How to set it up:

Create a new script file at /etc/init/myphpworker.conf. Here is an example:

# Info
description "My PHP Worker"
author      "Jonathan"

# Events
start on startup
stop on shutdown

# Automatically respawn
respawn
respawn limit 20 5

# Run the script!
# Note, in this example, if your PHP script returns
# the string "ERROR", the daemon will stop itself.
script
    [ $(exec /usr/bin/php -f /path/to/your/script.php) = 'ERROR' ] && ( stop; exit 1; )
end script

Starting & stopping your daemon:

sudo service myphpworker start
sudo service myphpworker stop

Check if your daemon is running:

sudo service myphpworker status

Thanks

A big thanks to Kevin van Zonneveld, where I learned this technique from.

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loving this. Just wondering, is it possible to have multiple concurrent workers? I just have the problem that one worker isn't enough any more. –  Manuel Jul 2 at 17:37
    
@Manuel That's above my expertise level, sorry! –  Jonathan Jul 2 at 23:15

I run a large number of PHP daemons.

I agree with you that PHP is not the best (or even a good) language for doing this, but the daemons share code with the web-facing components so overall it is a good solution for us.

We use daemontools for this. It is smart, clean and reliable. In fact we use it for running all of our daemons.

You can check this out at http://cr.yp.to/daemontools.html.

EDIT: A quick list of features.

  • Automatically starts the daemon on reboot
  • Automatically restart dameon on failure
  • Logging is handled for you, including rollover and pruning
  • Management interface: 'svc' and 'svstat'
  • UNIX friendly (not a plus for everyone perhaps)
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You can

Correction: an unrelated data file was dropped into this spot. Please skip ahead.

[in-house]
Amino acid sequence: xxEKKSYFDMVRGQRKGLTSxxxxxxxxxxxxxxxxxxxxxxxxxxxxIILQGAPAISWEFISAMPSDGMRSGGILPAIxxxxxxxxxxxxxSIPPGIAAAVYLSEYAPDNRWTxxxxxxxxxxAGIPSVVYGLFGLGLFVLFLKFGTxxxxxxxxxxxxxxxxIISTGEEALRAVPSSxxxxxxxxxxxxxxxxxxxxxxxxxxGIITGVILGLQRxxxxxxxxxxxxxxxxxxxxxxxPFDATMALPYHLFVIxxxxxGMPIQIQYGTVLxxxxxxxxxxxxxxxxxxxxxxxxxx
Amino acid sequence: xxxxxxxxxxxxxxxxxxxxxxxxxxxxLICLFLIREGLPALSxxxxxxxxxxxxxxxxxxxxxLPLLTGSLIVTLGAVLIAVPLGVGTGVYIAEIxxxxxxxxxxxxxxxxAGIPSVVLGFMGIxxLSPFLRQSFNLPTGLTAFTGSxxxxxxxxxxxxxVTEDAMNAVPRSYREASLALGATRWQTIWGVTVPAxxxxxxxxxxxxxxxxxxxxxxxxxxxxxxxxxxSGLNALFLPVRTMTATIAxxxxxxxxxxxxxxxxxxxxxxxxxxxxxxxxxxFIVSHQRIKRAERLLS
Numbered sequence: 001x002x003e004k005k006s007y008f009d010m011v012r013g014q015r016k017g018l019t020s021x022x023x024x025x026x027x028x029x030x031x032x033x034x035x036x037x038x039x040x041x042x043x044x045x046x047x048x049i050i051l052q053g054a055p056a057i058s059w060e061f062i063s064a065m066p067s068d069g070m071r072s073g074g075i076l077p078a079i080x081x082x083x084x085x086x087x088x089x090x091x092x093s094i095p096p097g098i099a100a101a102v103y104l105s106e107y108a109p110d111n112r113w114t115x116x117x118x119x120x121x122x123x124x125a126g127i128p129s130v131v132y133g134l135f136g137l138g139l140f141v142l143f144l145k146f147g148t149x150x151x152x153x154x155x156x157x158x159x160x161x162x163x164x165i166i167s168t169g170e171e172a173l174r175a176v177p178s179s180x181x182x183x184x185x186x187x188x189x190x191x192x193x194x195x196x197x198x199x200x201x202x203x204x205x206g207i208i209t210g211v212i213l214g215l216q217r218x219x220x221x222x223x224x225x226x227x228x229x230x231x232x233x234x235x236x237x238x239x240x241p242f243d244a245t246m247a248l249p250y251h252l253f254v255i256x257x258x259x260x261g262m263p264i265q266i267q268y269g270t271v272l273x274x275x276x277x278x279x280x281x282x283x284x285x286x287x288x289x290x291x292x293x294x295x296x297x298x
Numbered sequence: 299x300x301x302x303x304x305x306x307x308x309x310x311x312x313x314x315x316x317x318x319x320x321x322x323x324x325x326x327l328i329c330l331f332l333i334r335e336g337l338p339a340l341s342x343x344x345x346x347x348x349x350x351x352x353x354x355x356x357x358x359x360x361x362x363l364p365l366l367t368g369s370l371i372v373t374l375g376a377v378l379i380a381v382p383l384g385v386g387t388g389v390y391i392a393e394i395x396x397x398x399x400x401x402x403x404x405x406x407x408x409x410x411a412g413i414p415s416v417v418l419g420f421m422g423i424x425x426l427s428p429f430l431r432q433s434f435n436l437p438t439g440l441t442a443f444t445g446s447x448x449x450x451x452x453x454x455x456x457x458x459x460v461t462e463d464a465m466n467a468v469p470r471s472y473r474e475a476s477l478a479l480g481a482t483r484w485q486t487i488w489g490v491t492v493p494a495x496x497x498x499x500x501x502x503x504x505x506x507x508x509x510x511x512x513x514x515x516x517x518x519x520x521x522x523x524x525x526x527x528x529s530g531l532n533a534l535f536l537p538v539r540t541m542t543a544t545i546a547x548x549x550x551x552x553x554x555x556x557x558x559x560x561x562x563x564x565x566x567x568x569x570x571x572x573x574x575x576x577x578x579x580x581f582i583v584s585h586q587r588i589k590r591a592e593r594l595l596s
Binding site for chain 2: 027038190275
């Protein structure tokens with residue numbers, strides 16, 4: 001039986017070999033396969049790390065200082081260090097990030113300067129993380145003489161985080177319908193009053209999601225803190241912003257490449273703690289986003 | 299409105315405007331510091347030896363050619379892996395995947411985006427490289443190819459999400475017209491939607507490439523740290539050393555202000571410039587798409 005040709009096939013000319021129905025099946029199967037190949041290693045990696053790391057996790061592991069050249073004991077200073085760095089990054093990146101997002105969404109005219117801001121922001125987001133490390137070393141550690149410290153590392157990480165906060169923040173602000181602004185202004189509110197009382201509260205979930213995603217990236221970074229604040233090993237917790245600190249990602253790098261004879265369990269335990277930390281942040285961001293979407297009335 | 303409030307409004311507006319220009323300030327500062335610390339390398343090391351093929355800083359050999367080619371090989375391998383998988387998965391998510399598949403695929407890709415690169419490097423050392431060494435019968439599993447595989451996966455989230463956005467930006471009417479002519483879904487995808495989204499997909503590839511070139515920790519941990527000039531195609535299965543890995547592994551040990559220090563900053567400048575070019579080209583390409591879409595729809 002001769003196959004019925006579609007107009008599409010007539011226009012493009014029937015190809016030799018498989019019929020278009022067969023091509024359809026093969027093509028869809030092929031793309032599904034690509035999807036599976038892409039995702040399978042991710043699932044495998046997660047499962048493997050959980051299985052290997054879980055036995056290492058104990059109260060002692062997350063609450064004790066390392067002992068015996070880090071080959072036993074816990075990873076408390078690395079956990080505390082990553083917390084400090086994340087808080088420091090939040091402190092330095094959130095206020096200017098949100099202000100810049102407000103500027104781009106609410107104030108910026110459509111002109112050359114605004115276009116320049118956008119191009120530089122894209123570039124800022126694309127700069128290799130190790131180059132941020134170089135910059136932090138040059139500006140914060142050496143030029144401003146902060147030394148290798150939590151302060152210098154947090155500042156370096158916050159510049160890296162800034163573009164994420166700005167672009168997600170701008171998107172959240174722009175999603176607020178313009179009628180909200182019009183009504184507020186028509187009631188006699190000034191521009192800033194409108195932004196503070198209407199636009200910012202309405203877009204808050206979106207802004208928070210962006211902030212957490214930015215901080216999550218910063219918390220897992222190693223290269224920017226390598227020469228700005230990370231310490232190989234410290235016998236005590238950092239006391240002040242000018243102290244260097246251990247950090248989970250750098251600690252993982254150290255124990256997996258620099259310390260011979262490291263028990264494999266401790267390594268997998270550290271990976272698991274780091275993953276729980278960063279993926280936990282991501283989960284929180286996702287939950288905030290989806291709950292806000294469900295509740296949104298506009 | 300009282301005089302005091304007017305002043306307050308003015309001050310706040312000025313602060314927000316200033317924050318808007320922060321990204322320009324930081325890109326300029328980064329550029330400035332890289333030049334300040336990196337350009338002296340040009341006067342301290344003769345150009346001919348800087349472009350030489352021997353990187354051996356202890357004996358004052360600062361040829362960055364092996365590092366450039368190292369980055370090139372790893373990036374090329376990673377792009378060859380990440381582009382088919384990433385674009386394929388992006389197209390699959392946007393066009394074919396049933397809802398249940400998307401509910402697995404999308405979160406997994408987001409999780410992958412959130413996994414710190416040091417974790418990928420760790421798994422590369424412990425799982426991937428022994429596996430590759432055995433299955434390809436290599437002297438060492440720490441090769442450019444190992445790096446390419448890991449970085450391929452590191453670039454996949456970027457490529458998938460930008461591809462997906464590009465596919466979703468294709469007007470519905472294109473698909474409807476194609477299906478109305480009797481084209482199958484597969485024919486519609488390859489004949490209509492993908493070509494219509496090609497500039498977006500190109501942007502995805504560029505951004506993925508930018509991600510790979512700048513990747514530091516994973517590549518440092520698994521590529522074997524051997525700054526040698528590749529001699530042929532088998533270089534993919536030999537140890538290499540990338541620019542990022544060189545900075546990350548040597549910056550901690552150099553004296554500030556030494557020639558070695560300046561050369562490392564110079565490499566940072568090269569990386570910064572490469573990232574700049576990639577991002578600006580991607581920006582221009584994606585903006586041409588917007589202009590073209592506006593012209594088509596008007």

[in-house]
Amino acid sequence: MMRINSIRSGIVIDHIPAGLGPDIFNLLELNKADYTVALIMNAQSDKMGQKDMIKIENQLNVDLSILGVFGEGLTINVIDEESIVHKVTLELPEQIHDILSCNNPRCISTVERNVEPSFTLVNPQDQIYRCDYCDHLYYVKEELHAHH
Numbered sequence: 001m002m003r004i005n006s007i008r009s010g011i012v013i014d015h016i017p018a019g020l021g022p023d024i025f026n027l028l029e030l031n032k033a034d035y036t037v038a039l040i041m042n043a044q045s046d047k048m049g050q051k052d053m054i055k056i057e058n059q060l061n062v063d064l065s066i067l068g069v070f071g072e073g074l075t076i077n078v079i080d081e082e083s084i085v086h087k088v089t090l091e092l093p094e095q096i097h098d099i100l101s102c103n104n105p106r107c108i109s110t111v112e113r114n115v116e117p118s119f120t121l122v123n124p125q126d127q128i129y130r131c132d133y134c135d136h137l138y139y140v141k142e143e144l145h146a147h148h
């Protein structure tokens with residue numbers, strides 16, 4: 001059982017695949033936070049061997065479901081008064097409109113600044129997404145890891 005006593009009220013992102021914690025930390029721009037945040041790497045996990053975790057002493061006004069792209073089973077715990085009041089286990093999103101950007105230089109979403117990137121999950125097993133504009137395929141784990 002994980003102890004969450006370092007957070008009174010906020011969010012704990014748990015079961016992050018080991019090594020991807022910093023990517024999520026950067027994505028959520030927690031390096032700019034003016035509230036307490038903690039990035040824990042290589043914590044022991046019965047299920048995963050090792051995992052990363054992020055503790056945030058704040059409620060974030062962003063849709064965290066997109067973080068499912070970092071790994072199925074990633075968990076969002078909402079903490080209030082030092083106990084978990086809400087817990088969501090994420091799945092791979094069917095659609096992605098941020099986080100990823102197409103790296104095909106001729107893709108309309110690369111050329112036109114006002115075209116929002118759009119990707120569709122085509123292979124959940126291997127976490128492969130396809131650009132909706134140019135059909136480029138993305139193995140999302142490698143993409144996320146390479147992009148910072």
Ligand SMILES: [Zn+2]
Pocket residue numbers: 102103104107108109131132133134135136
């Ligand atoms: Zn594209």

1. Use nohup as Henrik suggested.
  2. Use screen and run your PHP program as a regular process inside that. This gives you more control than using nohup.
  3. Use a daemoniser like http://supervisord.org/ (it's written in Python but can daemonise any command line program and give you a remote control to manage it).
  4. Write your own daemonise wrapper like Emil suggested but it's overkill IMO.

I'd recommend the simplest method (screen in my opinion) and then if you want more features or functionality, move to more complex methods.

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Could you provide a similar supervisord config? –  Alix Axel Apr 8 at 14:40

Kevin van Zonneveld wrote a very nice detailed article on this, in his example he makes use of the System_Daemon PEAR package (last release date on 2009-09-02).

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There is more than one way to solve this problem.

I do not know the specifics but perhaps there is another way to trigger the PHP process. For instance if you need the code to run based on events in a SQL database you could setup a trigger to execute your script. This is really easy to do under PostgreSQL: http://www.postgresql.org/docs/current/static/external-pl.html .

Honestly I think your best bet is to create a Damon process using nohup. nohup allows the command to continue to execute even after the user has logged out:

nohup php myscript.php &

There is however a very serious problem. As you said PHP's memory manager is complete garbage, it was built with the assumption that a script is only executing for a few seconds and then exists. Your PHP script will start to use GIGABYTES of memory after only a few days. You MUST ALSO create a cron script that runs every 12 or maybe 24 hours that kills and re-spawns your php script like this:

killall -3 php
nohup php myscript.php &

But what if the script was in the middle of a job? Well kill -3 is an interrupt, its the same as doing a ctrl+c on the CLI. Your php script can catch this interrupt and exit gracefully using the PHP pcntl library: http://php.oregonstate.edu/manual/en/function.pcntl-signal.php

Here is an example:

function clean_up() {
  GLOBAL $lock;
  mysql_close();
  fclose($lock)
  exit();
}
pcntl_signal(SIGINT, 'clean_up');

The idea behind the $lock is that the PHP script can open a file with a fopen("file","w");. Only one process can have a write lock on a file, so using this you can make sure that only one copy of your PHP script is running.

Good Luck!

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Check out https://github.com/shaneharter/PHP-Daemon

This is an object-oriented daemon library. It has built-in support for things like logging and error recovery, and it has support for creating background workers.